Two months ago, an idea hatched inside Daren Kizlin’s head.
Kizlin, a member of the Fremont-Waterloo York Rite Masons, wanted to recognize the work of staff at Methodist Fremont Health after over a year of tireless work to battle the COVID-19 pandemic.
So, he suggested that the masonic body put together a picnic for healthcare workers at the hospital at a group meeting. While Kizlin said the York Rite Masons are typically not as active as other bodies, he said the members jumped on the idea immediately.
“I thought it would be a really nice thing if we said thank you to the hospital and everybody jumped on the idea and said: ‘Let’s do it,’” he said. “And I came up with fun activities and ideas to interact with the community, and they just ran with it.”
The body, made up of lodges throughout the Omaha area, organized a free lunch for Methodist Fremont Health staff on Saturday at the Masonic Eastern Star Home for Children.
When Kizlin stepped up to take charge of the lunch, he knew it would be one of the “largest adventures” he had ever suggested.
“And I really just hoped and prayed that it would be well received by the hospital and that I would get a lot of volunteers from our organization,” he said.
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He received both. The lunch served nearly 200 staff members from Methodist Fremont Health and brought in several volunteers from lodges throughout the area.
“I ended up getting an unbelievable turnout for volunteers and that really enthused me,” he said.
Kizlin said the most difficult obstacle to overcome was preparing for the event under the tight two-month deadline. However, strong communication and collaboration led to a seamless event.
“That was one of the daunting parts was that I didn’t know how well we would be able to pull it all together in such a short time,” he said. “Everybody came together and it worked.”
Methodist Fremont Health’s size and connection to Fremont helped make the decision to host an event for its staff an easier decision.
“Most of them live right in the town and in the neighboring communities, cities and towns,” he said. “So you’re saying thank you to the people that you actually live with and see all the time. That helps.”
Shawn Shanahan, executive director of development and community health for Methodist Fremont Health, and Fremont Health Foundation, said the event was another example of the support the hospital has received from the community during the pandemic.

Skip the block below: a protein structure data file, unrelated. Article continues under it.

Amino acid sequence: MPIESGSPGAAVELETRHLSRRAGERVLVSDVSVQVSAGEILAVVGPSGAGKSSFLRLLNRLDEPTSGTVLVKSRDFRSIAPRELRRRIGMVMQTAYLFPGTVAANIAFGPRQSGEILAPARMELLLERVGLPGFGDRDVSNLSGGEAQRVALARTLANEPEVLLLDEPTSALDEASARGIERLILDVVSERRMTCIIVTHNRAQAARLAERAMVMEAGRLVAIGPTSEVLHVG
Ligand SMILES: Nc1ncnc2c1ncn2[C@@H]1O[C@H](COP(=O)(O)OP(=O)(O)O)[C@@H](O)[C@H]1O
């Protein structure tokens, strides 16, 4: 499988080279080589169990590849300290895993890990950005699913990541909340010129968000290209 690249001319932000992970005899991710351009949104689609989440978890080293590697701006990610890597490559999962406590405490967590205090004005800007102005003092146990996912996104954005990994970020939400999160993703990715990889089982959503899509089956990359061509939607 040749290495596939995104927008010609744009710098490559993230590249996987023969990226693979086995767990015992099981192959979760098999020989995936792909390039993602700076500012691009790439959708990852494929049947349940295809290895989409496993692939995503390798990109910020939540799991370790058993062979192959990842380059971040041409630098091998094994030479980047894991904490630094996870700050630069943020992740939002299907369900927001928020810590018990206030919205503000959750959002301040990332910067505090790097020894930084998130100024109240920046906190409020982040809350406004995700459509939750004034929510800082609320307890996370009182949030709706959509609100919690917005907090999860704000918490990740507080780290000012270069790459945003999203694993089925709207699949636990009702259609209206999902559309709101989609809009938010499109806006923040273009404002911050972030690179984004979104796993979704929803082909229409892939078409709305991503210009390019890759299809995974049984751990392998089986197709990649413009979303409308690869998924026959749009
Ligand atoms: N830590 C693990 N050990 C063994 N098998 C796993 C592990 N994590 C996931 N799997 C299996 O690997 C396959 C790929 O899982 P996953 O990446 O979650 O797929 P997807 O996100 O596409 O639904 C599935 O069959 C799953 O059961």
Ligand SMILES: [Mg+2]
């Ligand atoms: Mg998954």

“This was a great opportunity because it allowed for staff to leave the building and take a walk outside to be acknowledged and feel appreciated from our neighbors,” she said. “It was an amazing feeling for our team.”
Shanahan said the staff felt “very appreciated and valued” during the lunch.
“The amount of community support they received to support the luncheon shows that our community really rallies around troubled times and helps out,” she said. “It’s a great opportunity to step away and feel valued.”
The luncheon received sponsorship and donations from several businesses and organizations, including:
- Lincoln Premium Poultry
- Mac’s Café
- Mel’s Diner
- Hiland Dairy
- Dillon Bros
- Masonic-Eastern Star Home for Children
“They were all more than willing to make donations without any hesitation,” he said. “We were grateful for their help.”
Excess food was donated to the Care Corps’ LifeHouse homeless shelter and the Fremont Fire Department, Kizlin said.
Kizlin said everybody knows somebody that is in the field of healthcare. He recognized the added work healthcare staff have taken on over the course of the pandemic.
The long hours, extra shifts and added pressures of working on the front lines of the pandemic can take a toll and Kizlin wanted to ensure staff at the hospital knew they were supported by the community.
“It was like an unbelievable experience to be able to pull this together,” he said. “Even the people that weren’t able to make it they saw the invitation knew that we were thinking of them and were grateful.”
Kizlin said the event’s success has kickstarted new ideas inside his head to help bring together Fremont’s healthcare community.
He said he looks at the hospital’s parking lot and sees the potential to host a drive-in movie night available for hospital staff and their family or even working with other bodies, such as Shriners, to visit Methodist Fremont Health during the parade that takes place on John C. Fremont Days.
“I’m always coming up with other crazy ideas,” he said. “I’m the crazy idea guy.”
Whatever comes next, Kizlin said he simply wants to show the hospital that the community recognizes the work it is doing.
“I just want to take advantage of anything that we can do to let them know that we care about them and we’re thinking about them,” he said. “Because they’re surely caring about and thinking about us.”